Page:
I am herewith sending you an overview of an Alaapana interest group. Please share it with other in your group and network of friends.
Creativity in Alaapana
The scope of the interest group is not limited to alaapana only, but expanding the role and place of alaapana and similar musical traditions in Indian music discipline. A very important advantage of alaapana is that it is not language specific, encourages individual creativity, group creativity, and has already the tradition of being impromptu in its core. I also hope and envision that this interest group will bring unity among music enthusiasts of all language affiliations, and musical traditions. I have no desire to manage or lead this group, except for the initial and ongoing ideas, so that the group will give equal opportunity for good organizers to run the meetings of the group.
Here are my initial thoughts in creative techniques for alaapana. Please feel free to add, supplement or come up with your derivatives of the ideas presented here.
This is not meant to be a distinct group from existing successful groups. I do not believe in committees, memberships and fees. It will be a group of friends with interest in Indian music. This is also an outlet for creativity for artists, and music enthusiasts.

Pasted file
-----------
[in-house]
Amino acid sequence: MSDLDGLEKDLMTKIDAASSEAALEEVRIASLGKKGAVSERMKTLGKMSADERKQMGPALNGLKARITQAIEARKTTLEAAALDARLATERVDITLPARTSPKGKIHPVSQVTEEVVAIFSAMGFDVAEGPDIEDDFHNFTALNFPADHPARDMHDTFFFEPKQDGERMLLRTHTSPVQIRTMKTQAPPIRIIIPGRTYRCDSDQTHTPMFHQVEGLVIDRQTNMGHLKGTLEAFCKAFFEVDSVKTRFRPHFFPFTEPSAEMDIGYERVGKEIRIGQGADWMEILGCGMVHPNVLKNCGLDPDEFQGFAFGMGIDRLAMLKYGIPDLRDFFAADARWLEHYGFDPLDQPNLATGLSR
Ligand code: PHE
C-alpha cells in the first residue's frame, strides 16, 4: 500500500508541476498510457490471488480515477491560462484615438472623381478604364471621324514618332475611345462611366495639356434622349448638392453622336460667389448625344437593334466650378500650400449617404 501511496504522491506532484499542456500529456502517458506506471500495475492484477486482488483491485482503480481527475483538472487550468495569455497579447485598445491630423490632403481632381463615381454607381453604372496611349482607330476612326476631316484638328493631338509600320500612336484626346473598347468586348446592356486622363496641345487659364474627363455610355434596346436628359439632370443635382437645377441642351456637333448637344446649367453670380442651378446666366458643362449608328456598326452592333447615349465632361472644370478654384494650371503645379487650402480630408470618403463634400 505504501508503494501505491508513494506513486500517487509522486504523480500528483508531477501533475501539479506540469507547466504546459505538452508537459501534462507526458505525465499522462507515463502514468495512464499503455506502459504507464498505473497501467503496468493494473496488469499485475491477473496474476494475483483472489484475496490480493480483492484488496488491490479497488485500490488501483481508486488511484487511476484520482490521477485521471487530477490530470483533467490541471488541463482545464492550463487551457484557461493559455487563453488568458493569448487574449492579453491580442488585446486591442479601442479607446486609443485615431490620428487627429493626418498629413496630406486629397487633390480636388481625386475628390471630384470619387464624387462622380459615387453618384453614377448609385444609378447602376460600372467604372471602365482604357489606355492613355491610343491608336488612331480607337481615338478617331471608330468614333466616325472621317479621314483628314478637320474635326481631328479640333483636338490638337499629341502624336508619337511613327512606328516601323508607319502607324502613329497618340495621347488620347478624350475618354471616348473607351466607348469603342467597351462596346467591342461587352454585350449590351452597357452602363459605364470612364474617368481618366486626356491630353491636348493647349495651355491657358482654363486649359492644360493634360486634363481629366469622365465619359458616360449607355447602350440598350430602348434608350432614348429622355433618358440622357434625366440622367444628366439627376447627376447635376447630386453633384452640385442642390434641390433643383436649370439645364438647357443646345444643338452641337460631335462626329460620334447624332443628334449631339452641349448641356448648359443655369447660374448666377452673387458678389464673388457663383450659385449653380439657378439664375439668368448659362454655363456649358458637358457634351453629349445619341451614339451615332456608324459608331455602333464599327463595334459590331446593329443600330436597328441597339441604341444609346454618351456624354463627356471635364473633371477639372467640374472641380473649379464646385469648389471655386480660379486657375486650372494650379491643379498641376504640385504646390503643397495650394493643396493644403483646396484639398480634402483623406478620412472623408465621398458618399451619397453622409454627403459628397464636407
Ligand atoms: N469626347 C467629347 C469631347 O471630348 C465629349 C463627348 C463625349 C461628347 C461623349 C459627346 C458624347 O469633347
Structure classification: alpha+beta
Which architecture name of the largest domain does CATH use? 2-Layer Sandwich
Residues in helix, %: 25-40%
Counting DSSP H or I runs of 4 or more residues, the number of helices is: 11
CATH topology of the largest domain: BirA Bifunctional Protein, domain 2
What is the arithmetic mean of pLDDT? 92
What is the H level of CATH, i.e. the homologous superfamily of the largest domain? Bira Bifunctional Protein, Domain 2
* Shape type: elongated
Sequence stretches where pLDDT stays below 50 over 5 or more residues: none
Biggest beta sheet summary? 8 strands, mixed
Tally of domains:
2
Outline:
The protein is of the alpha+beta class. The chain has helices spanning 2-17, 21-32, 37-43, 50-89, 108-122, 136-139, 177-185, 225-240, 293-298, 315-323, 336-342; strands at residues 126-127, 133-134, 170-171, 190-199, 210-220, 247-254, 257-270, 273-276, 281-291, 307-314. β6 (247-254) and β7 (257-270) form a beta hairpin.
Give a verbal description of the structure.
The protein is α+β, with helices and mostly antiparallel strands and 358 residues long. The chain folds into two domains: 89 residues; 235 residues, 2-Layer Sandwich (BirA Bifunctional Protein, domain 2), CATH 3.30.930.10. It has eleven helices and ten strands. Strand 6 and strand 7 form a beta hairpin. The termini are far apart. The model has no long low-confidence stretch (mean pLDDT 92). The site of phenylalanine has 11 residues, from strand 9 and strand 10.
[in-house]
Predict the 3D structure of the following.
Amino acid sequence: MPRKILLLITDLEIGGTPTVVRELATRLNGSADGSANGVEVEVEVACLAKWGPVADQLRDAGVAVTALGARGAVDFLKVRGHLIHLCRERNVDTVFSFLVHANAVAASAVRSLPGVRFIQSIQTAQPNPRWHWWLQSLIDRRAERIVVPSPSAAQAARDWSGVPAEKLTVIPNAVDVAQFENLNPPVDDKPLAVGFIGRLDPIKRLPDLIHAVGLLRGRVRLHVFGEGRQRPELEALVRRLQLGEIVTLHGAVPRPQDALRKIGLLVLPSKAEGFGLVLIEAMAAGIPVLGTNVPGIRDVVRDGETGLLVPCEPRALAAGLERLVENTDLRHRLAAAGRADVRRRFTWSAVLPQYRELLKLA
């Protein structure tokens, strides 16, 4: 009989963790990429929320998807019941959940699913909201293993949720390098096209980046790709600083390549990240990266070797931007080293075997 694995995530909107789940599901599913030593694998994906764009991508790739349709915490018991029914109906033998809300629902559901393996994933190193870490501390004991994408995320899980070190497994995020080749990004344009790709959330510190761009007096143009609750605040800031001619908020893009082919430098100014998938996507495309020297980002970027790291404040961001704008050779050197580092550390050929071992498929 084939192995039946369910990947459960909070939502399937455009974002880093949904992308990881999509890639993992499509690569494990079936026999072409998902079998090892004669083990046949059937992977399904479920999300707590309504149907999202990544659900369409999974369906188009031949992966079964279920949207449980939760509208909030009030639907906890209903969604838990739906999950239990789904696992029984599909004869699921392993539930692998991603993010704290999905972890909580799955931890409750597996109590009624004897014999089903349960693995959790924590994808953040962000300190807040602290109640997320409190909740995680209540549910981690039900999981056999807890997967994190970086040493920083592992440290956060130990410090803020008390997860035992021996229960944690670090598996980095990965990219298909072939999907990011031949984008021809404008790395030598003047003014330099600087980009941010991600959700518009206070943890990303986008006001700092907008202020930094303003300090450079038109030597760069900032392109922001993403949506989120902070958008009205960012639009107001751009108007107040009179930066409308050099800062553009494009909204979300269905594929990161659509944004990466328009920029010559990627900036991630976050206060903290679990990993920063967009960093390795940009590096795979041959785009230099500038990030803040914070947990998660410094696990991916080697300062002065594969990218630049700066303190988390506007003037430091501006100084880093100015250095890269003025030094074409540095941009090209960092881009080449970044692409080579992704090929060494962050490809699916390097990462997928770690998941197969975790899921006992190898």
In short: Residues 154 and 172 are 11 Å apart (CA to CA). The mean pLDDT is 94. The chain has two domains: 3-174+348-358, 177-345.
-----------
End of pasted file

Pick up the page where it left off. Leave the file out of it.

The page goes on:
The interest group is a group to be equally participated by all of you. It is most importantly a participatory group with common interests and passion in music. I envision the group to be of value to music connoisseurs, musicians, beginners, and just listeners. Please send me your ideas and comments. I will be glad to explain by phone or e-mail, and later in a meeting. Let us also plan on meeting in about a week or two.
The creative ideas apply to routine alaapana, thillana, raagam - taaLam - pallavi, and any other mixed combinations. In the beginning it will be brainstorming sessions for the team, but we will develop, as a group, presentation pieces or compositions for specific performances on the stage. These compositions may be based on themes, and will try to judiciously combine creative ideas and presentations, as well as happy combinations of vocal, instrumental, Karnatak and Hindustani styles. As further derivatives and variations, we may try Rabindra Sangeet style and other ethnic styles. These styles give their special treatment to Indian music.